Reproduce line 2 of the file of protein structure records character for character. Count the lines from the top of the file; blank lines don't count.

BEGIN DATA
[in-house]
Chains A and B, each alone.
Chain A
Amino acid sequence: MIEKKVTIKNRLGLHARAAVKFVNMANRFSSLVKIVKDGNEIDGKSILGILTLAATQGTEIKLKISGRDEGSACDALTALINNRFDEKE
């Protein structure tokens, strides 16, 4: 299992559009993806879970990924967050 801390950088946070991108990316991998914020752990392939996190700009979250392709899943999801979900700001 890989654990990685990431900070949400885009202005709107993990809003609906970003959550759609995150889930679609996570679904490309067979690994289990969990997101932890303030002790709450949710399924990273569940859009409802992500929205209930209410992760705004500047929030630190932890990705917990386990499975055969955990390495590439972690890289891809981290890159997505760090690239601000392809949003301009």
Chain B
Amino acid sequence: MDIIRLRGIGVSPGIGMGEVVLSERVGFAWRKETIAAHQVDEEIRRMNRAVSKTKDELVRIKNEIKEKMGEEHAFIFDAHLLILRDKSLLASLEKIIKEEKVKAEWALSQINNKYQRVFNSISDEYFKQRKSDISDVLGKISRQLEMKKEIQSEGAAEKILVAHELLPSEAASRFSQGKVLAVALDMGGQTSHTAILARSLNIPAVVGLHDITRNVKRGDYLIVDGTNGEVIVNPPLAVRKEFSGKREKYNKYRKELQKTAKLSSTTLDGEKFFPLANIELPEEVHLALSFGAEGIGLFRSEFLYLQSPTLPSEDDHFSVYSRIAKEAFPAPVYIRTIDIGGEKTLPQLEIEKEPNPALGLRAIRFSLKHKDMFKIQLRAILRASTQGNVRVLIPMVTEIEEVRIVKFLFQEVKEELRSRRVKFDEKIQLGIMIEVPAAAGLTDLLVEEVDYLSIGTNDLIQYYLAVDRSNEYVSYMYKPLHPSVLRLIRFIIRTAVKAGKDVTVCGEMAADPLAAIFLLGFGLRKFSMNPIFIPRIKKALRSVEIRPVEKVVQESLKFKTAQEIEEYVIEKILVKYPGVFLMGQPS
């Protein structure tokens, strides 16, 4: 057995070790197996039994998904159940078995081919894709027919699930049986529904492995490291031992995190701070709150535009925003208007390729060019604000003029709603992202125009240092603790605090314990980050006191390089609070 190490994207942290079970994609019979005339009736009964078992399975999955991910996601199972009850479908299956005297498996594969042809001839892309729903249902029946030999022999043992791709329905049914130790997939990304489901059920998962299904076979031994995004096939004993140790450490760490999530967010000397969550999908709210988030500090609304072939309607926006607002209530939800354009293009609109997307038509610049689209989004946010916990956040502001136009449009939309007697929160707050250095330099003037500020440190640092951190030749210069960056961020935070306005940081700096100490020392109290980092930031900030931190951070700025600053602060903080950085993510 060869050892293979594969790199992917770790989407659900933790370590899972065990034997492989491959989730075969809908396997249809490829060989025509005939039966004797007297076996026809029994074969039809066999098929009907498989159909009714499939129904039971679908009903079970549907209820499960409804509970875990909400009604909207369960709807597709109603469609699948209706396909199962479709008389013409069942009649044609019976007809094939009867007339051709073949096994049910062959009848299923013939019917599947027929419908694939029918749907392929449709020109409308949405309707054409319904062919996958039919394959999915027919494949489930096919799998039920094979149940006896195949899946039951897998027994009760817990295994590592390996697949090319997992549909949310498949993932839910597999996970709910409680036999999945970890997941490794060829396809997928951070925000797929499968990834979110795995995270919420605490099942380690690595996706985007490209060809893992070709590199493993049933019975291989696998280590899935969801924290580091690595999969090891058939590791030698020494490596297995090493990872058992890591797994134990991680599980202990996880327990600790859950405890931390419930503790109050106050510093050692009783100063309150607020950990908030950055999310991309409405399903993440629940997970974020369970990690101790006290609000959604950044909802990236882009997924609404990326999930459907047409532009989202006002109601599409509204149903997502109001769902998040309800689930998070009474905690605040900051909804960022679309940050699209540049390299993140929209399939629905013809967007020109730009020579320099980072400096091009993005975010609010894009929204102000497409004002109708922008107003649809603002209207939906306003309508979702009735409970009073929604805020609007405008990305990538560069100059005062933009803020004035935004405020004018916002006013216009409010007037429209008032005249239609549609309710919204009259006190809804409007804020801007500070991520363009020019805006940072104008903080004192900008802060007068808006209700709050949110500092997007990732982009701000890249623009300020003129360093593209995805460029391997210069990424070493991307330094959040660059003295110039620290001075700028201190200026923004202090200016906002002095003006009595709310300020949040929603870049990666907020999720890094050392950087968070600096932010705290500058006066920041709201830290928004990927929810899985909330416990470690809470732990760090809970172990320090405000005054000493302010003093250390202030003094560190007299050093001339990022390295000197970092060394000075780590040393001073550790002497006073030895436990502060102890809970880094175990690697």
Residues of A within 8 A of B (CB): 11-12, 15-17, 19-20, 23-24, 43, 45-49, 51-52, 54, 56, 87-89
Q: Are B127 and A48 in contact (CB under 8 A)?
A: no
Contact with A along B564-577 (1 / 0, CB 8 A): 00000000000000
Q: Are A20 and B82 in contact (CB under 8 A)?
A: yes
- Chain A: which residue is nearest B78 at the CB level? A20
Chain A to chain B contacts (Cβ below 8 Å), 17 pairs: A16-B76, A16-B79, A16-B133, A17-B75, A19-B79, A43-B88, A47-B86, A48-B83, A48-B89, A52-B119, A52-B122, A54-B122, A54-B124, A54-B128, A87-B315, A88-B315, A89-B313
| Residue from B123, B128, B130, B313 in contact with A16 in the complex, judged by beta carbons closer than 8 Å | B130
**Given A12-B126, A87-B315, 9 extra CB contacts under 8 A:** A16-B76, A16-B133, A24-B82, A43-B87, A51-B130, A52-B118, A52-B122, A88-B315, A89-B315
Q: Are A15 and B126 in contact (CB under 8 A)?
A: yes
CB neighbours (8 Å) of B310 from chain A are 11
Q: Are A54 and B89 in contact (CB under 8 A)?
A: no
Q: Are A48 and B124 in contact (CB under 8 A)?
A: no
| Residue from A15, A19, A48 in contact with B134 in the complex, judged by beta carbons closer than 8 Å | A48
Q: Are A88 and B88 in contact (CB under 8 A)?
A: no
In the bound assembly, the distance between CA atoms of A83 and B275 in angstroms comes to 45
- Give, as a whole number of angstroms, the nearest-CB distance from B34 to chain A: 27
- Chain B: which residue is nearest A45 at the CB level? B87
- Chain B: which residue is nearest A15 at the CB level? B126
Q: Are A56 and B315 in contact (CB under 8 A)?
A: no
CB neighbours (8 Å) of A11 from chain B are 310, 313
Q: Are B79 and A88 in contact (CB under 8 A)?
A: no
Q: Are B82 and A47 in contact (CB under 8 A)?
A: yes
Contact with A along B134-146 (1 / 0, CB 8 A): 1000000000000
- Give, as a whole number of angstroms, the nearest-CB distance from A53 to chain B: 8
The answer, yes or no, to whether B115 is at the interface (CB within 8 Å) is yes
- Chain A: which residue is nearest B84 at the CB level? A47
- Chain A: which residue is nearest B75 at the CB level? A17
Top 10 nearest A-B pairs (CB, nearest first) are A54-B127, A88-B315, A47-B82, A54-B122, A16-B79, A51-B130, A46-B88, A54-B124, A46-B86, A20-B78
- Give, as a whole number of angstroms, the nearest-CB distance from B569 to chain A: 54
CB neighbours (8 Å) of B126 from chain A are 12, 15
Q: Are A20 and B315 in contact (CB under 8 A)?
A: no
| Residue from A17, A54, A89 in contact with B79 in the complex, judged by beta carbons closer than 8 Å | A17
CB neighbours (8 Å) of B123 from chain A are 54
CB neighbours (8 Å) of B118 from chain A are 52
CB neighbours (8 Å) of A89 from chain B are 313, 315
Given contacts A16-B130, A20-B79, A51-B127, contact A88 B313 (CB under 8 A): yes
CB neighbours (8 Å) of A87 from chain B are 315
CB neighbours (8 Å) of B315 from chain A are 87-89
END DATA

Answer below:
Chains A and B, each alone.